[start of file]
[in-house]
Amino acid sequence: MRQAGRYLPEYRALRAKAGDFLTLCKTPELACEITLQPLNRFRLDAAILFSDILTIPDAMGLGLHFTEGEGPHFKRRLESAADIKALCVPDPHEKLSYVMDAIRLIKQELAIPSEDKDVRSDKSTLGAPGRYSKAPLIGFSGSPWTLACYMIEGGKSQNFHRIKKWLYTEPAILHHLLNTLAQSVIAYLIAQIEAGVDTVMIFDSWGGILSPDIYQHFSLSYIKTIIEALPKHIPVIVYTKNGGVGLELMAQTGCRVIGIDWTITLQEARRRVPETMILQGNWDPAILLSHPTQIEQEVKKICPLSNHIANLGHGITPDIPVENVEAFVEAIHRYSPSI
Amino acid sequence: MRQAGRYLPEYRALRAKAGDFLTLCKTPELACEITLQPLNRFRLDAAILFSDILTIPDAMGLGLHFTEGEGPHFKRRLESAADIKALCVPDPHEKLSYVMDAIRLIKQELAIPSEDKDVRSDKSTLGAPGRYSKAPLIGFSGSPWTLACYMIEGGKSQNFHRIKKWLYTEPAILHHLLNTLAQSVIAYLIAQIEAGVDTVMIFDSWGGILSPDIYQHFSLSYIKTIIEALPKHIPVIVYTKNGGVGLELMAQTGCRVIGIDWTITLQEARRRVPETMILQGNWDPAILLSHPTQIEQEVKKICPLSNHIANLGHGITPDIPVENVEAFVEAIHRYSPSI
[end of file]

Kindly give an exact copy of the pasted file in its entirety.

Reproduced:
[in-house]
Amino acid sequence: MRQAGRYLPEYRALRAKAGDFLTLCKTPELACEITLQPLNRFRLDAAILFSDILTIPDAMGLGLHFTEGEGPHFKRRLESAADIKALCVPDPHEKLSYVMDAIRLIKQELAIPSEDKDVRSDKSTLGAPGRYSKAPLIGFSGSPWTLACYMIEGGKSQNFHRIKKWLYTEPAILHHLLNTLAQSVIAYLIAQIEAGVDTVMIFDSWGGILSPDIYQHFSLSYIKTIIEALPKHIPVIVYTKNGGVGLELMAQTGCRVIGIDWTITLQEARRRVPETMILQGNWDPAILLSHPTQIEQEVKKICPLSNHIANLGHGITPDIPVENVEAFVEAIHRYSPSI
Amino acid sequence: MRQAGRYLPEYRALRAKAGDFLTLCKTPELACEITLQPLNRFRLDAAILFSDILTIPDAMGLGLHFTEGEGPHFKRRLESAADIKALCVPDPHEKLSYVMDAIRLIKQELAIPSEDKDVRSDKSTLGAPGRYSKAPLIGFSGSPWTLACYMIEGGKSQNFHRIKKWLYTEPAILHHLLNTLAQSVIAYLIAQIEAGVDTVMIFDSWGGILSPDIYQHFSLSYIKTIIEALPKHIPVIVYTKNGGVGLELMAQTGCRVIGIDWTITLQEARRRVPETMILQGNWDPAILLSHPTQIEQEVKKICPLSNHIANLGHGITPDIPVENVEAFVEAIHRYSPSI